In the first hour, skeptic Michael Shermer spoke about Harold Camping's failed May 21st Rapture prediction, and why people believe the things they do, especially as it relates to the apocalypse. Shermer expects Camping and his followers probably will not admit they were wrong, and likely will issue some kind of rationalization for the error, such as the date was slightly miscalculated or the group's faith spared the world. "We don't have a good bologna detection module in our brain, so we tend to believe almost all patterns we encounter, even the false ones," he explained.
Most people, the superstitious and scientific alike, look for evidence to support what they already believe and ignore any disconfirming evidence, Shermer continued. By believing in an end times scenario the faithful become significant, as they are now part of the narrative story of the world, he added. The problem with such religious thinking is that it has no built-in mechanism to help it progress, he said, noting that science, while imperfect, is the best tool humanity has for the pursuit of truth.
Appearing in the first half of hour two, Judaica professor Ken Hanson discussed how President Obama's historical policy shift toward Israel, calling for the nation to base peace negotiations with the Palestinians on the 1967 borders, could trigger Armageddon in the Middle East. Hanson said the current situation reminded him of a passage from the book of Zechariah, in which Jerusalem is described as "a cup of poison to all the peoples." Cutting Jerusalem in two and shifting Israel’s borders to create a "Palestinian terrorist state" is a recipe for regional and international war, he declared.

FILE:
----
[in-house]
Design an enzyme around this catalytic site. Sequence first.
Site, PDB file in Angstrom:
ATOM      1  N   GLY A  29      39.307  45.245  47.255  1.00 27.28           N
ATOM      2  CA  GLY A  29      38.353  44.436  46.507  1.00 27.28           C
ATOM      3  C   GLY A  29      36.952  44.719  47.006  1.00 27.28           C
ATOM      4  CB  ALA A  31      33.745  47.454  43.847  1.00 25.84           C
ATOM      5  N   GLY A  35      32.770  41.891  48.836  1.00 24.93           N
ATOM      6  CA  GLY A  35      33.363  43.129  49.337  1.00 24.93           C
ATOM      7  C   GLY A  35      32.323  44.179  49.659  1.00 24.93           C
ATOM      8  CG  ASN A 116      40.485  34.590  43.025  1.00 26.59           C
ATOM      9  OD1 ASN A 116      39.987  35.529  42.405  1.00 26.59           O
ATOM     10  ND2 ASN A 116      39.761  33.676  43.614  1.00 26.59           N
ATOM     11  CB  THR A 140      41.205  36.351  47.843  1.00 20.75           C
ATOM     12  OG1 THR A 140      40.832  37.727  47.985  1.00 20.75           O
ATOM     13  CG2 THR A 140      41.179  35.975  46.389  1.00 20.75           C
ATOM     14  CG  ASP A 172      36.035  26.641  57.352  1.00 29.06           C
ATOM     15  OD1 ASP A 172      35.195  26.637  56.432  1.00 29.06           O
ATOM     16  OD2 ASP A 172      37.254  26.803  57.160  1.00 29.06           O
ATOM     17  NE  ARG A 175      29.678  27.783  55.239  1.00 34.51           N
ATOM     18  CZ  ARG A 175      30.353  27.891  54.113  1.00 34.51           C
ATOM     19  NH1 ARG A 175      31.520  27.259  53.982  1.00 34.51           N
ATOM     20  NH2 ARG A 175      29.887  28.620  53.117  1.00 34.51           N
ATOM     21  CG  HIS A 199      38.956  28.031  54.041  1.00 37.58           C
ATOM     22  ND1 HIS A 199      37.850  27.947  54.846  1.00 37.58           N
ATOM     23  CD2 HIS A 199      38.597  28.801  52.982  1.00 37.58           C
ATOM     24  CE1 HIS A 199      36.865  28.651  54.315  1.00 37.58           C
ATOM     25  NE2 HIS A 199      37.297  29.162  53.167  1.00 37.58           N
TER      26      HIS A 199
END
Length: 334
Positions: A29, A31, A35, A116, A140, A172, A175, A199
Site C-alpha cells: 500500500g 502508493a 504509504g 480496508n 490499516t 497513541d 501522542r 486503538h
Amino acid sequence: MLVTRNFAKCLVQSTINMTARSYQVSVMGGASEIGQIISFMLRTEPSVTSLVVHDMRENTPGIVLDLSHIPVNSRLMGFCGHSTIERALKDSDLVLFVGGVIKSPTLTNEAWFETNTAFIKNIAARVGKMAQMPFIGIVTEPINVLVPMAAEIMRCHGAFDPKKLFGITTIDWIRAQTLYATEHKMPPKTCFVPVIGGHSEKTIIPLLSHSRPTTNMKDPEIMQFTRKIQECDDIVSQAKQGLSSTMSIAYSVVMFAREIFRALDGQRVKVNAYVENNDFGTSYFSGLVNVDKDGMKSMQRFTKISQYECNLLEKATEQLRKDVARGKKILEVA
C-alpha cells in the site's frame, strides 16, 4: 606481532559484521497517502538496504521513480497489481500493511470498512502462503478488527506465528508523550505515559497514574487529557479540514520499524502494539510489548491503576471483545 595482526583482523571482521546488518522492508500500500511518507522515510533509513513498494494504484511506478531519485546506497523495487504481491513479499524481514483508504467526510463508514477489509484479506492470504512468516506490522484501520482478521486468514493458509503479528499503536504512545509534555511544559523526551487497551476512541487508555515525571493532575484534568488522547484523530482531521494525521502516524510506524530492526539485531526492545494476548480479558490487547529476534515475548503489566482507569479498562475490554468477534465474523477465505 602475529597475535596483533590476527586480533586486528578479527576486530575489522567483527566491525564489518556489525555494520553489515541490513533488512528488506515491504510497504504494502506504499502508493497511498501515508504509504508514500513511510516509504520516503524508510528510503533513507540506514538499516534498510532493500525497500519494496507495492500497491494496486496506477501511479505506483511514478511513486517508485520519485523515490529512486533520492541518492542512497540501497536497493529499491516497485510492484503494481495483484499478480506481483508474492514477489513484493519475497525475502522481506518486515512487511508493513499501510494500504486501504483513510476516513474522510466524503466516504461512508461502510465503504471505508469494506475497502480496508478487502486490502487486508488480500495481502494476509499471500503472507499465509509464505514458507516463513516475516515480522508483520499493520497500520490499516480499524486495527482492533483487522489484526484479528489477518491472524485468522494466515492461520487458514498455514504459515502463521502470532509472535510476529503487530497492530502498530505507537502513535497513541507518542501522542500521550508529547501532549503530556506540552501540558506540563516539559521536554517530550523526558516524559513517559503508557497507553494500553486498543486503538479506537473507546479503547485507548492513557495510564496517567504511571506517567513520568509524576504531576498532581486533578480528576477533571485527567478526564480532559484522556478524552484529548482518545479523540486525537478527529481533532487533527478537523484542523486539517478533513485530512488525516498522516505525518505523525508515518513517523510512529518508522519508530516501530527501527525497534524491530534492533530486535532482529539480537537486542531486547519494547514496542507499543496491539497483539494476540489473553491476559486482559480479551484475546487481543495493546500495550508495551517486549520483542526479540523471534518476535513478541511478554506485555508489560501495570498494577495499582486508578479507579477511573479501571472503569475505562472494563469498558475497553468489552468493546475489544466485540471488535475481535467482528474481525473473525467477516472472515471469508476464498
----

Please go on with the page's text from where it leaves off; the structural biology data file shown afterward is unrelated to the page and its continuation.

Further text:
Next, intuitive psychiatrist Dr. Judith Orloff spent the next 90 minutes fielding calls, addressing why people believe in 'end times' prophecy, and how they can deal with the disappointment of Saturday's non-event apocalypse. Orloff compared Camping to an emotional vampire whose doomsday message preyed on the vulnerabilities of his followers. They were expecting to be released from their suffering and find paradise, she said. Orloff counseled a caller named Leah who admitted that she had been waiting for the entire day to be taken away by God. Orloff encouraged her to remain hopeful, live her life according to principles taught by Jesus, and to help others in their suffering. The power of the heart is to transform, to create heaven here on Earth, she added.
Open Lines followed in the final hour.